• Strategic Communications
    COMM305 3 credit hours

    This course introduces the principles of strategic communication and provides a detailed understanding of the important role of participatory Web media in strategic communication. Topics include understanding and defining strategic communication, public diplomacy, with whom responsibility lies in conducting strategic communication, challenges of U.S. strategic communication, improving strategic communication, and the future of strategic communication. You will apply the tenets of strategic communication by reviewing and critiquing high-profile cases from the war in Iraq and other significant events. Prerequisites: none.

  • The Israeli-Palestinian Conflict
    HIST402 3 credit hours

    A unique feature of the course is its attention to diversity within both the Israeli and Palestinian political communities. This course provides an engrossing exposure to the themes and complexities of the Israeli-Palestinian conflict. Its focus is historical and conceptual, and requires students to apply their learning through critical evaluation of contemporary events and conditions. Participants learn the conflict’s history and grapple with recurring obstacles to peace, including practical issues of security as well as abstract issues of culture, identity, and religion. Students are required to view the conflict from both national communities’ perspectives and to critically analyze different models for resolving the conflict.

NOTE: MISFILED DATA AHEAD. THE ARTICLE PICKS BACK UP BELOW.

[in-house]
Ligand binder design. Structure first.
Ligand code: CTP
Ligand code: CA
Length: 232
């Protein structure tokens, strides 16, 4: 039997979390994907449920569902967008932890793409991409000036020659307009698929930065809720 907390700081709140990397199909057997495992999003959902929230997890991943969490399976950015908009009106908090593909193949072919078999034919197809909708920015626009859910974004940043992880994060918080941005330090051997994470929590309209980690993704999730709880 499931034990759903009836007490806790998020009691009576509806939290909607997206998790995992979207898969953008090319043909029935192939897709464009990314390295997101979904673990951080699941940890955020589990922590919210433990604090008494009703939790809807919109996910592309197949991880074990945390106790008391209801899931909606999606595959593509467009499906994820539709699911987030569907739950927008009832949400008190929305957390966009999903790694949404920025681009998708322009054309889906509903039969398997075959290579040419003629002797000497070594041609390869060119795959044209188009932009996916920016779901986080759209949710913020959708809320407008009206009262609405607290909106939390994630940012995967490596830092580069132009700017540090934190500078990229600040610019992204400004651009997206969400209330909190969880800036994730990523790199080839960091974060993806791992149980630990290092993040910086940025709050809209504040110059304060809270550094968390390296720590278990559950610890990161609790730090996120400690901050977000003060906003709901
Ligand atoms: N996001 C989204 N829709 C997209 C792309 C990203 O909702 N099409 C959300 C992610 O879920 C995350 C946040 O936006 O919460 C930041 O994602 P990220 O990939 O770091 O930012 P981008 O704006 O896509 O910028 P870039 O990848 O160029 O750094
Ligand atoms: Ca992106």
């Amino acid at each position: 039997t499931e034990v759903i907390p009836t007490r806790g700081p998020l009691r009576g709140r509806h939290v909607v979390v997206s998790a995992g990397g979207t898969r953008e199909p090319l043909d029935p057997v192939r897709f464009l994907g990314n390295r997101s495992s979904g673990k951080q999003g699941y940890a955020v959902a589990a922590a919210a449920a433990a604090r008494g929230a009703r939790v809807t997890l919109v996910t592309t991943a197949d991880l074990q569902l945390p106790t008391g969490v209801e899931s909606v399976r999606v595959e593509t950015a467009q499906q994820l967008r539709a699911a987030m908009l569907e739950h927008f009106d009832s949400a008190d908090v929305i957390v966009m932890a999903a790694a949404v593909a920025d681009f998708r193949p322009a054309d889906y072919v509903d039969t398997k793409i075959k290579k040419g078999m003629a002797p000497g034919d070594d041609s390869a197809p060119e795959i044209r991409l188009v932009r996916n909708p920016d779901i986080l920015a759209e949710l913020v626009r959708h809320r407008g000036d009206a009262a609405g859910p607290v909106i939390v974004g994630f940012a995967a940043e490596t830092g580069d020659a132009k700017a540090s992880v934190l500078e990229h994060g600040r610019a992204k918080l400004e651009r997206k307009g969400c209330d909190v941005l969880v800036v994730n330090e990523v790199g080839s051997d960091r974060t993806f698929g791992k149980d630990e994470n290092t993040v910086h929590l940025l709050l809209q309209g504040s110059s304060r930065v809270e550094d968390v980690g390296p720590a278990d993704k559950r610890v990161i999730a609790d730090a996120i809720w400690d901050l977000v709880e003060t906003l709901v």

• American Foreign Policy in the Twentieth Century
    HIST425 3 credit hours

    Currently under course development.

  • Historical Studies
    HIST310 3 credit hours